If you’re a startup CEO or early-stage investor, I’d recommend watching these first five minutes, which expose a nuanced entrepreneurial psychology. In the case of Kalanick, I’d summarize it as follows — he has a certain public image that some don’t like (I don’t know the guy at all), but I do recall an interview he gave over three years ago where he talked about some of his previous companies and those associated struggles. Listening to Arrington, my memory was triggered, so I listened to this long interview [video link] while making dinner tonight. And, it was fascinating to hear Kalanick talk about himself and Uber way back in early 2011. Here’s what I took away from both discussions:
Uber is Kalanick’s 4th Company. He started an SAT prep company, then Scour, then Red Swoosh, and then Uber. He was a serial entrepreneur before starting Uber. I’d bet many folks in tech didn’t know that. I knew about Red Swoosh, but not the others. Interestingly, all but the SAT company were based on P2P relationships and technologies. One has to wonder how deep his intuition around P2P networks was before he started Uber.
An Edgy Chip On The Shoulder: Many folks have chips on their shoulders. Whatever the psychology, folks have to manage it in order to carry on. Kalanick’s chips come from having a failed startup which was sued, and then another where he didn’t pay himself for four years and was living in his parent’s house. (By the way, I’m taking this from the interview in 2011 and this past week.) I imagine it’s hard not to be so aggressive and competitive after having such experiences, and people respond differently to such pressures.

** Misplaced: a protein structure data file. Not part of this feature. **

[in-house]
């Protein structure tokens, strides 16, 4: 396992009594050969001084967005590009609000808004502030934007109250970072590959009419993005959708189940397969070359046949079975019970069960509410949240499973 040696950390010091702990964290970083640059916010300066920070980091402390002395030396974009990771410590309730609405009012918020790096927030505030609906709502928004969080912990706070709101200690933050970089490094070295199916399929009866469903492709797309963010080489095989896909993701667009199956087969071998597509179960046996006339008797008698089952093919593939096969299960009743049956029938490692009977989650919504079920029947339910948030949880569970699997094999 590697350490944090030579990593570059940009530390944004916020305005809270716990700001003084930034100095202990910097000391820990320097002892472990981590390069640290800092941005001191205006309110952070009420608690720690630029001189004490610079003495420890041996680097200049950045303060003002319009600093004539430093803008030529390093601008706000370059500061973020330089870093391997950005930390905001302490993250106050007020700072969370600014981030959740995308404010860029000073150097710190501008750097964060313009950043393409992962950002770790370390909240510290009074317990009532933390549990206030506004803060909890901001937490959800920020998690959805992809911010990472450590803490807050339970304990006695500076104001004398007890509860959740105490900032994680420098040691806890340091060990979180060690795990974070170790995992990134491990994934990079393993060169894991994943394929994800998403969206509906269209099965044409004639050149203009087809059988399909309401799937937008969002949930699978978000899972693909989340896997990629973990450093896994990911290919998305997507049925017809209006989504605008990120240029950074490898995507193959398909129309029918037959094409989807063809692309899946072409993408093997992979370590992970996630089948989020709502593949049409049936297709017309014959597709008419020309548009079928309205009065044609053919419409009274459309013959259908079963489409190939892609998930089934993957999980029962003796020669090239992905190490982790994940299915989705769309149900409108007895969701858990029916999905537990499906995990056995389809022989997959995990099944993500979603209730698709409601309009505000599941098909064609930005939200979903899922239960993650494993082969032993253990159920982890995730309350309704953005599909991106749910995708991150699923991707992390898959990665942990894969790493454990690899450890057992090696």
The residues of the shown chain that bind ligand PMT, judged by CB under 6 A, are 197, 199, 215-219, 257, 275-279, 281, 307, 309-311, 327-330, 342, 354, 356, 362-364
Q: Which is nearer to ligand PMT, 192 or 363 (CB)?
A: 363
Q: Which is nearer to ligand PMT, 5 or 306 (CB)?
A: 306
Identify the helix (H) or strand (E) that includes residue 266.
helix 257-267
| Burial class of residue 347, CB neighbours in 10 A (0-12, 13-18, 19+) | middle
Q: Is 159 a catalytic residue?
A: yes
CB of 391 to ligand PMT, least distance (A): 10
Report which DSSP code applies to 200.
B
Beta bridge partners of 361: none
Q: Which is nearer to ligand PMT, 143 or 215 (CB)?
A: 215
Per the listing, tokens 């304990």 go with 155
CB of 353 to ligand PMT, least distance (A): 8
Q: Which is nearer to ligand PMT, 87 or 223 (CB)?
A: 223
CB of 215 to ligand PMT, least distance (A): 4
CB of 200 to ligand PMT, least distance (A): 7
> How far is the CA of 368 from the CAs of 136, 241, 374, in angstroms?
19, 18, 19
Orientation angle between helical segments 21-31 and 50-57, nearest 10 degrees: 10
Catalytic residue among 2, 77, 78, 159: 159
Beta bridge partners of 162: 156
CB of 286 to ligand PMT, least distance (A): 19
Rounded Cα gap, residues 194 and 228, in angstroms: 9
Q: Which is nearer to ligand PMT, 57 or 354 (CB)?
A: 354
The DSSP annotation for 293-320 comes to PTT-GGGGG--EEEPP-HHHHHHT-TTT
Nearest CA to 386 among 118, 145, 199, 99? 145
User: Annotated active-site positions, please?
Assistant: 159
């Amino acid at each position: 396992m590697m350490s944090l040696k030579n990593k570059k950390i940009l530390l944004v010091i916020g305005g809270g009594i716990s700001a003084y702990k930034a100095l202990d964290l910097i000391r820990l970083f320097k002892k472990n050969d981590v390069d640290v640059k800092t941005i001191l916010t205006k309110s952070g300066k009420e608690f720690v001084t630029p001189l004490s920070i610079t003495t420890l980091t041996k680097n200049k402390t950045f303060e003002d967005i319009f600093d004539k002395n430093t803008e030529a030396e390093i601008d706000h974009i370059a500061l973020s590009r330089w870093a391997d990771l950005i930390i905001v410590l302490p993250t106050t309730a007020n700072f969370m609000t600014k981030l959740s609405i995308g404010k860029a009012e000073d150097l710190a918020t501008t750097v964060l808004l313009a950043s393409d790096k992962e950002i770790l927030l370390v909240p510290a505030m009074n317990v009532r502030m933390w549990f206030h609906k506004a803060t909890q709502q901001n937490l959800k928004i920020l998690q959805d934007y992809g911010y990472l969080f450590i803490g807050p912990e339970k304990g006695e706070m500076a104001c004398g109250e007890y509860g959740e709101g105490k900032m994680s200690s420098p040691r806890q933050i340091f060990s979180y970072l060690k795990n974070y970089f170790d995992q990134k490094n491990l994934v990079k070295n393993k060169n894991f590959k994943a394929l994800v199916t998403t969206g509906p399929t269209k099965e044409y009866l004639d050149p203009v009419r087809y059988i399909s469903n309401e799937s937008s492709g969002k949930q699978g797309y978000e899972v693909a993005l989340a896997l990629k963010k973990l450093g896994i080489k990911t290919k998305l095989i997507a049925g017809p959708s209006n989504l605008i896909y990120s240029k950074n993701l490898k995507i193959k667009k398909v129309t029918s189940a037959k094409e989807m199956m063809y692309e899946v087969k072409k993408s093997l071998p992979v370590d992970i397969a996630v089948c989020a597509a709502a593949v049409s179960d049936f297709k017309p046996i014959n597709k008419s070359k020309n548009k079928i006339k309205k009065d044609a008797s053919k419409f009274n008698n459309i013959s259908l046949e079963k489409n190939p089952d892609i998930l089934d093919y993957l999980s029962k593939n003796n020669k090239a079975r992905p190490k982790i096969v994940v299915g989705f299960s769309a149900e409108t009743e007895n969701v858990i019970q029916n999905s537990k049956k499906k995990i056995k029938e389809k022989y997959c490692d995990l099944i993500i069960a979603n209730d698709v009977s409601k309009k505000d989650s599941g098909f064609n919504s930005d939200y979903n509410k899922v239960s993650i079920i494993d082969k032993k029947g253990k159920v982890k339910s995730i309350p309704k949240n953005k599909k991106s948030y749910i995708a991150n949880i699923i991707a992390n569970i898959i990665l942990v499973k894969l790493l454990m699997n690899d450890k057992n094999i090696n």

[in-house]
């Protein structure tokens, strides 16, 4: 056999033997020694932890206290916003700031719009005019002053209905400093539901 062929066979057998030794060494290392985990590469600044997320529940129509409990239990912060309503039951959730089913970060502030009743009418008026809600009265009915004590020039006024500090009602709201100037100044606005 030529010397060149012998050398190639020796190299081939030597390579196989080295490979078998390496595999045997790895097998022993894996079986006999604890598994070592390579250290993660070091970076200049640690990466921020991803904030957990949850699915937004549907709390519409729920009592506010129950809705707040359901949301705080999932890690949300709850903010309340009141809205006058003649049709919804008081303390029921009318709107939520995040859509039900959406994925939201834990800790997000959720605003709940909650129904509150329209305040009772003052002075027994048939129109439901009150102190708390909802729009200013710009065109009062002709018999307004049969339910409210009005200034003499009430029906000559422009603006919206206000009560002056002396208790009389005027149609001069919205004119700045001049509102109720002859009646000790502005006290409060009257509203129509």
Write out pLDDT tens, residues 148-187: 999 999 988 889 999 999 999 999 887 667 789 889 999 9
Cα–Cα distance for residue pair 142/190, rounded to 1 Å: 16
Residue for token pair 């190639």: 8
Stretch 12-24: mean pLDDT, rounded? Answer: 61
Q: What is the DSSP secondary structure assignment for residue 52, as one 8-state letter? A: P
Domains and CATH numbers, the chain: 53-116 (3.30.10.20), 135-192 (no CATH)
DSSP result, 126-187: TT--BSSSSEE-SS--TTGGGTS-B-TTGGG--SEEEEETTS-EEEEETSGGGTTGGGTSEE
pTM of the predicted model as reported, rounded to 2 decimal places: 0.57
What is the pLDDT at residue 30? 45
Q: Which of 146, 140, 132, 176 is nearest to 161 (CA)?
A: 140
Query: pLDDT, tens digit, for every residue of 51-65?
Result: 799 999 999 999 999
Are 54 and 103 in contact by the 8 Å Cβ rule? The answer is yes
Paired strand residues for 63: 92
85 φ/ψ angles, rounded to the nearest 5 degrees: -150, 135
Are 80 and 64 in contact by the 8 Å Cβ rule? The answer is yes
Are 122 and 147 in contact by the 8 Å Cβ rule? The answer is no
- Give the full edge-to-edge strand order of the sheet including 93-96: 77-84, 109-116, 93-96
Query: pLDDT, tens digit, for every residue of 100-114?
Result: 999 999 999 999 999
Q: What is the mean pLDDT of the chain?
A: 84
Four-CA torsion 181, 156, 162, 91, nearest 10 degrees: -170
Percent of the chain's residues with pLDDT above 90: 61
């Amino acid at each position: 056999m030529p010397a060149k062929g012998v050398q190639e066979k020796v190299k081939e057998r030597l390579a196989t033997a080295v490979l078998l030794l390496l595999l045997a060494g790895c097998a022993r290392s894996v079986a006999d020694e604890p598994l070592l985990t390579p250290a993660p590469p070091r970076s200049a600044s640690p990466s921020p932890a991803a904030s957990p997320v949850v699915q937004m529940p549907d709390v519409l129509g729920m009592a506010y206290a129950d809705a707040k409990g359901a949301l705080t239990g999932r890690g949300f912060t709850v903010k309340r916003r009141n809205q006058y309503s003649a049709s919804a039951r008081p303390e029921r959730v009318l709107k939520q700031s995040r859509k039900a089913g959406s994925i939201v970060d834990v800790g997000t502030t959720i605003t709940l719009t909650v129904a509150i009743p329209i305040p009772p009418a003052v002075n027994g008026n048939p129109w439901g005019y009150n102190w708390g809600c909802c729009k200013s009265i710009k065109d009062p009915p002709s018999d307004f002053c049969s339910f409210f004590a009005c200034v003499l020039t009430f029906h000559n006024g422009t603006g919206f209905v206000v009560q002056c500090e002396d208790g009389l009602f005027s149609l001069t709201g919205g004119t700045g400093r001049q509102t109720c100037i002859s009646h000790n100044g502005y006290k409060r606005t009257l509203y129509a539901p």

The Uber Killer Is Stress. Speaking of pressure, when Arrington asked Kalanick what could kill Uber, the CEO mentioned “Stress.” The company just hired David Plouffe who orchestrated one of the greatest political campaign in politics, and now has work cut out for him as he grooms a company and CEO to engage in global battles with car industries, city governments, organized labor, upstart companies, and even nations (laws in Germany, fierce competition in China). When I looked at the interview from 2011, I noticed Kalanick’s hair was jet black; today, he has some prominent grey streaks, just like a weathered politician in the klieg lights.